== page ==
Car Review: Porsche Panamera Sport Turismo, the luxury carmaker’s first-ever station wagon

Porsche Panamera Sport Turismo, cars, vehicles

TL;DR The German car brand’s first-ever station wagon checks all our boxes and drives like a true winner

The Porsche Panamera Sport Turismo is a station wagon. Just let that sink in for a moment. Three decades ago, even thinking about Zuffenhausen making an estate would be grounds for the Porsche Inquisition to come drag you away to be burned at the stake.

But we now live in a world where the Cayenne SUV is now in its third generation, and it even spawned a Cayenne Junior (namely, the Macan). So, objections weren’t too violent when the Sport Turismo concept car was unveiled at the 2012 Paris Motor Show.

Mainly because of the aforementioned reason, but mostly because it looked amazing. None of the awkward bulbousness that plagued the Panamera of the day, but still unmistakably a Porsche. And a practical Porsche at that.

The production version that’s just landed on Singapore shores some six years after the concept car made it debut retains much of the same elegance. In fact, it’s virtually indistinguishable from the concept. Not a bad thing, since I’m a big fan of the concept car.

So much so that I think the Porsche Panamera Sport Turismo looks even better than the regular Panamera. The Porsche Panamera Sport Turismo’s slightly longer, less rakish roofline, more upright D-pillars and blockier rump gives it a design coherence that proves that Porsche can make a good-looking ‘four-door 911’.

Interestingly enough, both Panamera bodystyles share identical wheelbase and rear overhang measurements. It’s amazing to think how much a 5mm overall height difference, marginally larger rear doors and a new tailgate can grant so much distinctiveness to the Porsche Panamera Sport Turismo’s visual personality.

What hasn’t changed over the Panamera is the way the Porsche Panamera Sport Turismo drives. That is to say, with deceptive agility in spite of its size. This is a car that’s over 5m long, nearly 2m wide and weighs close to 1.9 tonnes.

These aren’t dimensions that you ever really notice in the Porsche Panamera Sport Turismo, except perhaps when parking it, or negotiating narrow multi-storey carparks. Then you will know true terror as you realise how close those 20-inch two-tone wheels (optional of course, as is the Porsche way unless you get the range-topping Turbo where 19-inch wheels are standard) are to being irreparably scuffed on a high kerb.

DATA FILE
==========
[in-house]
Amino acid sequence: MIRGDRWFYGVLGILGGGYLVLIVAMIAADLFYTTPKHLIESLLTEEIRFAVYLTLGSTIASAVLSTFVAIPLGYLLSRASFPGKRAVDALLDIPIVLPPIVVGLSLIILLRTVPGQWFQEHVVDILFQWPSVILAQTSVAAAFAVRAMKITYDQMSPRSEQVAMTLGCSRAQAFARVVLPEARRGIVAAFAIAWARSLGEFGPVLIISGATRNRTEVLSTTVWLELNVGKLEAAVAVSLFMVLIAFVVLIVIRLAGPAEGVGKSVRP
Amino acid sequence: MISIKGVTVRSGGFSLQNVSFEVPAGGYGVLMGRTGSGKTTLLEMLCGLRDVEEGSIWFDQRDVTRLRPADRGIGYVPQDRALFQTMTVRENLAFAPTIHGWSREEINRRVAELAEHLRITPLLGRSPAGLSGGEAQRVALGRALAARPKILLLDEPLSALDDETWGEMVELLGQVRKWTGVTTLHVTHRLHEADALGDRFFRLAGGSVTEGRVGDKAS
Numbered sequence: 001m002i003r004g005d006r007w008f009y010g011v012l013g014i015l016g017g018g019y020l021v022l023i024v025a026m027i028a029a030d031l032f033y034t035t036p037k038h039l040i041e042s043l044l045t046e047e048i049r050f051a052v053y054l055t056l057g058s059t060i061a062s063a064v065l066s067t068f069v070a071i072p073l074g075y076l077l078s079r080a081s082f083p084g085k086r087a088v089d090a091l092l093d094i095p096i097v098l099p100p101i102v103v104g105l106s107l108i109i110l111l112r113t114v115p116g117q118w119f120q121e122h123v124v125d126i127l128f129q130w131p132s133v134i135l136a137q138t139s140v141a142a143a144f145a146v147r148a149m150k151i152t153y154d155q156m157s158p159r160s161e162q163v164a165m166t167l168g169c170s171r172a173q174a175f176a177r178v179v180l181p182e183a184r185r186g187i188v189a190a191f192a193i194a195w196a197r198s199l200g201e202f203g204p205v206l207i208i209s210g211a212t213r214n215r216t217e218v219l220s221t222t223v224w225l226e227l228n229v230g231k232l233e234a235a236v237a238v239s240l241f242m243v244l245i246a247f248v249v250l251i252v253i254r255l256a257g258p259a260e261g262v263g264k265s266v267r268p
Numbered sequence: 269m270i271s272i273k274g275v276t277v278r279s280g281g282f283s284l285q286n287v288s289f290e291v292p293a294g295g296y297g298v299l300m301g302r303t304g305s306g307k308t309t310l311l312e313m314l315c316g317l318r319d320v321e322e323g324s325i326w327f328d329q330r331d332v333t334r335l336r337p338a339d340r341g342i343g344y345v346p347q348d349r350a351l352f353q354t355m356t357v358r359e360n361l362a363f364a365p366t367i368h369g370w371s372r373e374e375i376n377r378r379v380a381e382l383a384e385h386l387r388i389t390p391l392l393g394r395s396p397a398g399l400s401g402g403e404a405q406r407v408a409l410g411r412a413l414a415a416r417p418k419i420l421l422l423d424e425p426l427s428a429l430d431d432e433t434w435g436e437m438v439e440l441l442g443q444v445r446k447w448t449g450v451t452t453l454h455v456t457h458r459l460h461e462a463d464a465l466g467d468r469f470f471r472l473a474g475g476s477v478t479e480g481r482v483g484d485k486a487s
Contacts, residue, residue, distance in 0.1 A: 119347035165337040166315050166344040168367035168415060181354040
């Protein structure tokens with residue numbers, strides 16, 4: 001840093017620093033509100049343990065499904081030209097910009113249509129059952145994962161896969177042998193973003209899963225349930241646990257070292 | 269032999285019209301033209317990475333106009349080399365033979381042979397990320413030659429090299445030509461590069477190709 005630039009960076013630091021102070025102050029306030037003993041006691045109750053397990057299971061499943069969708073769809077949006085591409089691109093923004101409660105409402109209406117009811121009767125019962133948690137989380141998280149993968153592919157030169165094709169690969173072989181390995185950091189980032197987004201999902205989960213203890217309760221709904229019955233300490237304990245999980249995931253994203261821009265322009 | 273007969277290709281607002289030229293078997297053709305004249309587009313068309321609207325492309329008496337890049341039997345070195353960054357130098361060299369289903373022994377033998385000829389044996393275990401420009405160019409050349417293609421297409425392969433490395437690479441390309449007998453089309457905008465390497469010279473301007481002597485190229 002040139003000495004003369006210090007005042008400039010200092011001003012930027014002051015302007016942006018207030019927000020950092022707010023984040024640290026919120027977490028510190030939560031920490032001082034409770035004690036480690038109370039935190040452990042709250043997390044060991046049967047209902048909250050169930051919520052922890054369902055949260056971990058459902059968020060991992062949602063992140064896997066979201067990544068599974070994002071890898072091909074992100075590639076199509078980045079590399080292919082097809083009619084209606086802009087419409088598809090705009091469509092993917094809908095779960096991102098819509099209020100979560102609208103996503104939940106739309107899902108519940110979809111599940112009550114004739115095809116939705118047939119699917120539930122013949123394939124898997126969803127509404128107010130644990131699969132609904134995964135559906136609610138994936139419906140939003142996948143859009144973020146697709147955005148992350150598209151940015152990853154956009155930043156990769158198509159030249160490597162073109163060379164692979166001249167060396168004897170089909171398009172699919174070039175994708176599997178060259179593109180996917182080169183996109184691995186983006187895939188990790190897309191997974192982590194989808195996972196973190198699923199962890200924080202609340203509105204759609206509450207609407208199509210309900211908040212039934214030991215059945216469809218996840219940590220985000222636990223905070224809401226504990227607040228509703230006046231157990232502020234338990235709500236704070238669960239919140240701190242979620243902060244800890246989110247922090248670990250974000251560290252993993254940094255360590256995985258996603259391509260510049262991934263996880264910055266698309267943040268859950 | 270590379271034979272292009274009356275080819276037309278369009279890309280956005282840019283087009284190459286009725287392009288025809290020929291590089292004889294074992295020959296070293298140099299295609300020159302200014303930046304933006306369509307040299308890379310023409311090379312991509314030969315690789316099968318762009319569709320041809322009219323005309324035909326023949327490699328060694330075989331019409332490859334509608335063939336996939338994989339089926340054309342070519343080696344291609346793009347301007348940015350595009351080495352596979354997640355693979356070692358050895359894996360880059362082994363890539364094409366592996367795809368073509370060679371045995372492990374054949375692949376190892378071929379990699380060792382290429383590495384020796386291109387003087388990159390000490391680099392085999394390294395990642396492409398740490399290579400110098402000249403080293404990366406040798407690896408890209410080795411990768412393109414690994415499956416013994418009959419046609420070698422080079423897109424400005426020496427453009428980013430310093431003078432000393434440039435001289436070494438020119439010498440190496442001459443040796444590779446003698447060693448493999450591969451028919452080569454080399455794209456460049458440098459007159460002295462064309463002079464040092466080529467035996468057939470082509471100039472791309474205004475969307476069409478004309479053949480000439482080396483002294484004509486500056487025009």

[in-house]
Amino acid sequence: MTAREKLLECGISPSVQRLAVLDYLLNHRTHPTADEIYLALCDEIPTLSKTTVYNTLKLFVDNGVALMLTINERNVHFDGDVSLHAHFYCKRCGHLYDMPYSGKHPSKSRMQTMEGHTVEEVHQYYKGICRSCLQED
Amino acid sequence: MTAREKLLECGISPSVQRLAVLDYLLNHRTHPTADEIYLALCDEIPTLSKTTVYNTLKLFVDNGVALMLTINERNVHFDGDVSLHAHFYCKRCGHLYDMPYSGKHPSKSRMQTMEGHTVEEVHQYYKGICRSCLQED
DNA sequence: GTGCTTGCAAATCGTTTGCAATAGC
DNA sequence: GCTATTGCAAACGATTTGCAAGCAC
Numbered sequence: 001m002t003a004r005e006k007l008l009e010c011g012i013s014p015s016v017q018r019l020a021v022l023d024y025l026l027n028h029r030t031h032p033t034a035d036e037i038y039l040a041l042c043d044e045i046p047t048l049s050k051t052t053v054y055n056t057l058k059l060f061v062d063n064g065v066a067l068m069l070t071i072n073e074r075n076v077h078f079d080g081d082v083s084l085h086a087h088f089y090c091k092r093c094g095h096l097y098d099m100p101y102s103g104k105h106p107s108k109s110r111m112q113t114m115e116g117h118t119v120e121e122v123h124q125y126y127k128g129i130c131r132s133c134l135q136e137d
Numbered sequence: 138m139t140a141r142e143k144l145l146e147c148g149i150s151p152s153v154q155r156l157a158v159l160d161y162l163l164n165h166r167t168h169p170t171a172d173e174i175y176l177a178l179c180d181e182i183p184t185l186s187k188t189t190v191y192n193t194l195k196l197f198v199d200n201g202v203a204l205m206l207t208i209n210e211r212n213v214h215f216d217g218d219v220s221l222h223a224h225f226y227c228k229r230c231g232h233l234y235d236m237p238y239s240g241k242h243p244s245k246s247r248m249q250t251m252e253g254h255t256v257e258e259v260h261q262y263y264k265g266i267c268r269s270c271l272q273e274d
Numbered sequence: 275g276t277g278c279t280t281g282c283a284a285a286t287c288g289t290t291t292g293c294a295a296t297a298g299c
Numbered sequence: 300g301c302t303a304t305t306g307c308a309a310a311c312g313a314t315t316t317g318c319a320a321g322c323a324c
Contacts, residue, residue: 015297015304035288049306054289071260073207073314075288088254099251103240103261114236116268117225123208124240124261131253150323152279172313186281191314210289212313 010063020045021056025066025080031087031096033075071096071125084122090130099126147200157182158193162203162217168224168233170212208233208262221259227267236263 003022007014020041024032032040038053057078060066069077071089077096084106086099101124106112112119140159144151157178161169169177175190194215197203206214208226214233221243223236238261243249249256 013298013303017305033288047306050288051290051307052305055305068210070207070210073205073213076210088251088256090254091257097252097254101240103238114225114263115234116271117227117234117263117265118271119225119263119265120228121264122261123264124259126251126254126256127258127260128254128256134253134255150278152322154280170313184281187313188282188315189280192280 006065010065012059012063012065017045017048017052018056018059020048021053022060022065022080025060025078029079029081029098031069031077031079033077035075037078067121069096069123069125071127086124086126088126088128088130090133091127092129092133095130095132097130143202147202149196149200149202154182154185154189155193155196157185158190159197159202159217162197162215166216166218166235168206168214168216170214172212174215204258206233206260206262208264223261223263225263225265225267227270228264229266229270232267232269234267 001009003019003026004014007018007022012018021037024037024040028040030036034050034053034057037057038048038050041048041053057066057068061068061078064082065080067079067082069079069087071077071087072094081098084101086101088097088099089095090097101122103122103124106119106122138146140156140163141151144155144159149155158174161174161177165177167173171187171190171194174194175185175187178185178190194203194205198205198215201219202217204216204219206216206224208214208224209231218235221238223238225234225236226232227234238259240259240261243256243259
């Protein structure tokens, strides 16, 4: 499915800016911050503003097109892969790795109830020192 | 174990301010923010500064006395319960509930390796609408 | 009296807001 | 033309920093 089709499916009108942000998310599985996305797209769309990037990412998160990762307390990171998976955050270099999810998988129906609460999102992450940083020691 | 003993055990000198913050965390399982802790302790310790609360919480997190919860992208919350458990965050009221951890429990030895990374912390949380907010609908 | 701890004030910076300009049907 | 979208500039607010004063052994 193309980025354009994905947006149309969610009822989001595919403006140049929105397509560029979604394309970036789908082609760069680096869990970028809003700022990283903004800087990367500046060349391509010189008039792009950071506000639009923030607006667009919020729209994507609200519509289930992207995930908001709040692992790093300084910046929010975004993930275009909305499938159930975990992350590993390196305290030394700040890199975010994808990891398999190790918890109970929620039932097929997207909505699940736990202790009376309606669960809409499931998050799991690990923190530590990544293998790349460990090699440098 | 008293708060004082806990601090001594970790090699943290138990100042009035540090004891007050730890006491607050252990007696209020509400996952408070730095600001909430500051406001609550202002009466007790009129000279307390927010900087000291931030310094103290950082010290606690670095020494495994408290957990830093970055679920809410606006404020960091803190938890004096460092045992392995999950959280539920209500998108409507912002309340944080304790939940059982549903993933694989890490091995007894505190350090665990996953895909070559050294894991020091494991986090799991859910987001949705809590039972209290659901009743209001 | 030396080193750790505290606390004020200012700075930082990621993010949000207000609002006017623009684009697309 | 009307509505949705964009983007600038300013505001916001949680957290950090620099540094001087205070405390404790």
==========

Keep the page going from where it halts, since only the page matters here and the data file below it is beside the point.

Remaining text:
The Porsche Panamera Sport Turismo, like the Panamera, handles less like a wagon and more like a GT. Like the best cars of its ilk, the Porsche Panamera Sport Turismo’s suspension has the uncanny ability to filter out road patter, yet it handles corners like a champ.

Unlike a GT, however, the Porsche Panamera Sport Turismo can cart around cargo. Boot space is 520 litres, 25 litres more than the Panamera. Unlike the non-wagon version, the Porsche Panamera Sport Turismo features a central seat in the rear bench.

Porsche Panamera Sport Turismo, cars, vehicles
The 4+1 arrangement isn’t ideal, but it’ll do for now

That said, calling the above a full fledged seat would be charitable, as the occupant is effectively straddling the centre tunnel. Space in the other two seats, however, is more than adequate, with great legroom.

Just to give you an idea of how broad the Porsche Panamera Sport Turismo’s remit is, one served as a pace car during a recent trip to Sepang to drive the new, third-generation Cayenne SUV . Granted, that was the fire-breathing, top-of-the-line 500+bhp Turbo model.

What I drove was the considerably less grunty entry-level Sport Turismo 4 (only all-wheel-drive variants are available), with 330bhp/450Nm from its 3-litre V6. Now, on paper, this sounds positively anaemic, because in addition to living in an era where Porsche maintains a pair of SUVs in its lineup, even hot hatchbacks have outputs knocking on 400bhp’s door.
But Porsche Panamera Sport Turismo’s 5.3 seconds century sprint time feels far quicker than that, a factor of its meaty, low-end torque and absolutely brilliant 8-speed dual-clutch gearbox.

And it speaks volumes about the Porsche Panamera Sport Turismo’s that I’m struggling to find something negative to say about it. It checks every box that you’d care to name, and not only does it perform adequately, it excels in every category.